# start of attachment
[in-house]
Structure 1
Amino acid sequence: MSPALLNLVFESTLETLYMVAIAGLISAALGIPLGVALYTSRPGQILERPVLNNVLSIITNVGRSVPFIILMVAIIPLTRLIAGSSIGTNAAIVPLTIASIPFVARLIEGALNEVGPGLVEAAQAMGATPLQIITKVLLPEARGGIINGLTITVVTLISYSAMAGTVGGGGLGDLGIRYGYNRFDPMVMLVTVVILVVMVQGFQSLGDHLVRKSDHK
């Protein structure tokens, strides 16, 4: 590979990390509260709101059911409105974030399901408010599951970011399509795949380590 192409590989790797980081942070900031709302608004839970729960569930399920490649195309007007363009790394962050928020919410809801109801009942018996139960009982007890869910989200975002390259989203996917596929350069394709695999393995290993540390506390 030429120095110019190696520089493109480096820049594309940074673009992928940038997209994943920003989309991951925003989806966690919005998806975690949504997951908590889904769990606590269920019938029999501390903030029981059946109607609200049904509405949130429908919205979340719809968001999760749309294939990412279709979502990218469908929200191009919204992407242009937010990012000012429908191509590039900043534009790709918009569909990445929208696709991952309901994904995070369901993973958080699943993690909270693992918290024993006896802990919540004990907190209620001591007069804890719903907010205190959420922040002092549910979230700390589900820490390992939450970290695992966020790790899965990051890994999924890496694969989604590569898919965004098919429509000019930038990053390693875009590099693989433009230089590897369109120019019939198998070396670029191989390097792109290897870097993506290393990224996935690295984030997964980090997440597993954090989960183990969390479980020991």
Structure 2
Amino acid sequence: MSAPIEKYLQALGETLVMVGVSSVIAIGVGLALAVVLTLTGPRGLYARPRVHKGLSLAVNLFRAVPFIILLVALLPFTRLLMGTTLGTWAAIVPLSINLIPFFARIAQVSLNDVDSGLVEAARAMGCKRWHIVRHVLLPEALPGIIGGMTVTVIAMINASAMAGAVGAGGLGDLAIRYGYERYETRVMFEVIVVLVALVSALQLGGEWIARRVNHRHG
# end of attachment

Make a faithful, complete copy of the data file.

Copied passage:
[in-house]
Structure 1
Amino acid sequence: MSPALLNLVFESTLETLYMVAIAGLISAALGIPLGVALYTSRPGQILERPVLNNVLSIITNVGRSVPFIILMVAIIPLTRLIAGSSIGTNAAIVPLTIASIPFVARLIEGALNEVGPGLVEAAQAMGATPLQIITKVLLPEARGGIINGLTITVVTLISYSAMAGTVGGGGLGDLGIRYGYNRFDPMVMLVTVVILVVMVQGFQSLGDHLVRKSDHK
């Protein structure tokens, strides 16, 4: 590979990390509260709101059911409105974030399901408010599951970011399509795949380590 192409590989790797980081942070900031709302608004839970729960569930399920490649195309007007363009790394962050928020919410809801109801009942018996139960009982007890869910989200975002390259989203996917596929350069394709695999393995290993540390506390 030429120095110019190696520089493109480096820049594309940074673009992928940038997209994943920003989309991951925003989806966690919005998806975690949504997951908590889904769990606590269920019938029999501390903030029981059946109607609200049904509405949130429908919205979340719809968001999760749309294939990412279709979502990218469908929200191009919204992407242009937010990012000012429908191509590039900043534009790709918009569909990445929208696709991952309901994904995070369901993973958080699943993690909270693992918290024993006896802990919540004990907190209620001591007069804890719903907010205190959420922040002092549910979230700390589900820490390992939450970290695992966020790790899965990051890994999924890496694969989604590569898919965004098919429509000019930038990053390693875009590099693989433009230089590897369109120019019939198998070396670029191989390097792109290897870097993506290393990224996935690295984030997964980090997440597993954090989960183990969390479980020991």
Structure 2
Amino acid sequence: MSAPIEKYLQALGETLVMVGVSSVIAIGVGLALAVVLTLTGPRGLYARPRVHKGLSLAVNLFRAVPFIILLVALLPFTRLLMGTTLGTWAAIVPLSINLIPFFARIAQVSLNDVDSGLVEAARAMGCKRWHIVRHVLLPEALPGIIGGMTVTVIAMINASAMAGAVGAGGLGDLAIRYGYERYETRVMFEVIVVLVALVSALQLGGEWIARRVNHRHG